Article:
-Janice, come here a second.
Are these something in the family that anybody is attached to?
No, I think mum just liked red glass and bought them.
-You have a pair of them there, pass me the other one.
-This one here?
-Yeah. What is remarkable,
looking at them, is that they're in such good condition.
These are of a type of glass commonly known as ruby glass or cranberry glass
which was very popular in the 19th century.
It was actually produced by adding a precipitate of colloidal gold
to the actual mix to actually achieve this ruby red colour.
These have been made completely by hand.
-They have indeed.
So the glass blower, firstly,
had to produce the initial vessel, the clear glass vessel, by blowing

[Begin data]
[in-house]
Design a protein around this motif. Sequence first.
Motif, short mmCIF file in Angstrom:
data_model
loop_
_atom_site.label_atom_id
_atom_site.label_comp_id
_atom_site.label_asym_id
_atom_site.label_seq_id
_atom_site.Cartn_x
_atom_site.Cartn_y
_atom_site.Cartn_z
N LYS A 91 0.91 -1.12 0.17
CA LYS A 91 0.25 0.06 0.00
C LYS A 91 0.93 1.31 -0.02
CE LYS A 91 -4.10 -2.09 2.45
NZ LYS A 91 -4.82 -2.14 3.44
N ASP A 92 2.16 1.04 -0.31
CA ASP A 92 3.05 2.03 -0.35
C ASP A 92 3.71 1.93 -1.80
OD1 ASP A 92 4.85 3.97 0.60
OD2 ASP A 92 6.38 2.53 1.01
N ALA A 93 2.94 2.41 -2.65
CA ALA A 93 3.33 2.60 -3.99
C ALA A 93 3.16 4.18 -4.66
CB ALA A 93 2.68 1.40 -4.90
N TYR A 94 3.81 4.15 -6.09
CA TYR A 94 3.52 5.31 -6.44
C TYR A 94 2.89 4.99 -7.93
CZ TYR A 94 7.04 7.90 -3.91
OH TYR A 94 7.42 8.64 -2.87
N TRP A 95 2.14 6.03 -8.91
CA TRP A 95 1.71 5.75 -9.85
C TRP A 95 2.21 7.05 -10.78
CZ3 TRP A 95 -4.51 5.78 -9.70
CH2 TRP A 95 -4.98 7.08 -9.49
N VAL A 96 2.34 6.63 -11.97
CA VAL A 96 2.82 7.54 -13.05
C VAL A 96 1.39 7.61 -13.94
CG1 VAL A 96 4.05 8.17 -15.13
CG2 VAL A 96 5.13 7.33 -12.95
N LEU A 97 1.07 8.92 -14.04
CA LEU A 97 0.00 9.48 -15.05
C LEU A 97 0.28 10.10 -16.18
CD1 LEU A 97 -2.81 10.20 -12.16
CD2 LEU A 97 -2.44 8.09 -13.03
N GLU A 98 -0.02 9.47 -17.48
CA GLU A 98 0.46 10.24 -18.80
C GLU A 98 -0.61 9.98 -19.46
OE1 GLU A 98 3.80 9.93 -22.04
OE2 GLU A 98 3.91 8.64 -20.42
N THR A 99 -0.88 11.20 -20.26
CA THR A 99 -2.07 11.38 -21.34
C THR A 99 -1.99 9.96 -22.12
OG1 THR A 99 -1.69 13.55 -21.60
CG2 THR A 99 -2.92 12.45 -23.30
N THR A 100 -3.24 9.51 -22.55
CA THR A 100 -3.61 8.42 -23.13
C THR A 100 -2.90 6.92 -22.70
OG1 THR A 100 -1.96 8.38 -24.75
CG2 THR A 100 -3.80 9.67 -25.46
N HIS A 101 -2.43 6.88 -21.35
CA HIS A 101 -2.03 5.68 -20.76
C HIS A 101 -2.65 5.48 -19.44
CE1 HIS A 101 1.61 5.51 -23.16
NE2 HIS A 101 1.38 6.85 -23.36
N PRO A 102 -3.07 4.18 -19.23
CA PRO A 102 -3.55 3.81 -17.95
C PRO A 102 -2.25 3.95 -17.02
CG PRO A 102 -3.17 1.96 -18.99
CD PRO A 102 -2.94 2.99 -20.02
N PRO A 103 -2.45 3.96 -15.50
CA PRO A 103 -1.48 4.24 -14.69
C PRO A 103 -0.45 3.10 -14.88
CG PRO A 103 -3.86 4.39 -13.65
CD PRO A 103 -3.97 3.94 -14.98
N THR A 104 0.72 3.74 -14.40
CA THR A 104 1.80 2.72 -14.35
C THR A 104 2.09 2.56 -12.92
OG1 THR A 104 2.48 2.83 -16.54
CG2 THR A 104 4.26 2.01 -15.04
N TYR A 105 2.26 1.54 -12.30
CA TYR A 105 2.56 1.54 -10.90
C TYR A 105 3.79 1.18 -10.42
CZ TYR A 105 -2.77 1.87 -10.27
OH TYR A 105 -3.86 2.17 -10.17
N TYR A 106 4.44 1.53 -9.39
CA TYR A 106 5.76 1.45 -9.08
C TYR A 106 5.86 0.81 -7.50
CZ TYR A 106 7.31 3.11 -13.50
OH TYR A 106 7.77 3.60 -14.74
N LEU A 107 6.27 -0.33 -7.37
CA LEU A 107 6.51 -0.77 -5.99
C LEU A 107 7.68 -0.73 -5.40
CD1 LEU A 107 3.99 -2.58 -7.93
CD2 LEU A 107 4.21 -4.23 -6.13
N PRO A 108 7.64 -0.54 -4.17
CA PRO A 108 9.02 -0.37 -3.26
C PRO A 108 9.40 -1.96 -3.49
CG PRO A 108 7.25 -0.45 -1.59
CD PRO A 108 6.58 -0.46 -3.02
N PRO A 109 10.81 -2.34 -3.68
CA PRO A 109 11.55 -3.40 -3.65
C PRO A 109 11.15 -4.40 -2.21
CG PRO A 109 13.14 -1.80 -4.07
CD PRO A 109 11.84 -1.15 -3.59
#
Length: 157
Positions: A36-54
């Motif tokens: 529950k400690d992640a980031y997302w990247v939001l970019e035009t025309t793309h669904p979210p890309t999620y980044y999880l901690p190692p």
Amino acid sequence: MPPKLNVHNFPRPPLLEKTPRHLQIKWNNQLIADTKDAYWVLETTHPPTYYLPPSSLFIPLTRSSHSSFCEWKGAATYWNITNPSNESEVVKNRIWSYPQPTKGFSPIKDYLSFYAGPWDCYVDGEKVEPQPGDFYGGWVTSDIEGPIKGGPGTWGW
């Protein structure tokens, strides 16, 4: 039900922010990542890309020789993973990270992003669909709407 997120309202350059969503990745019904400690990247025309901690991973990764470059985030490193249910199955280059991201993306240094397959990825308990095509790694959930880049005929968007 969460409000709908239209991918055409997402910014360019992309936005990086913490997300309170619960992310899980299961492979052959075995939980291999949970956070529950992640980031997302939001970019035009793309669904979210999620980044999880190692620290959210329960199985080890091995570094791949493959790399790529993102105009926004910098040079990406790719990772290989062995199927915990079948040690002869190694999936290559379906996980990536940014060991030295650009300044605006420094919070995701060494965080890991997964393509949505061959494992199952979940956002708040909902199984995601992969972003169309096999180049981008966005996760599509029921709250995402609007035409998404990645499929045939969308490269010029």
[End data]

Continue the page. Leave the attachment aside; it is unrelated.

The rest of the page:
and keeping it moving and rolling to maintain the shape.
Then they case it in a successive layer of this rich, ruby glass so the whole piece is red.
Finally, when the piece is cooled, the engraver or the cutter
will cut through that top layer to produce various decorative effects.
Here we have these nice floral sprays and nice plain panels which, when you hold it up to the light,
you can see what a lovely effect that is, isn't it?
-What do you think we'd get at auction?
-I'm not sure. I have no idea of value.
I reckon we should look at £100 to £150 for these,
-something like that...
-..possibly more. They are nice.
Did Mum like this sort of thing?
I think she liked
the red colour of the glass. So, yes, I think she went for that.
-Have any more pieces around the house?
-There's the odd one or two pieces, yes.
So what am I doing standing here? Come on, take me around.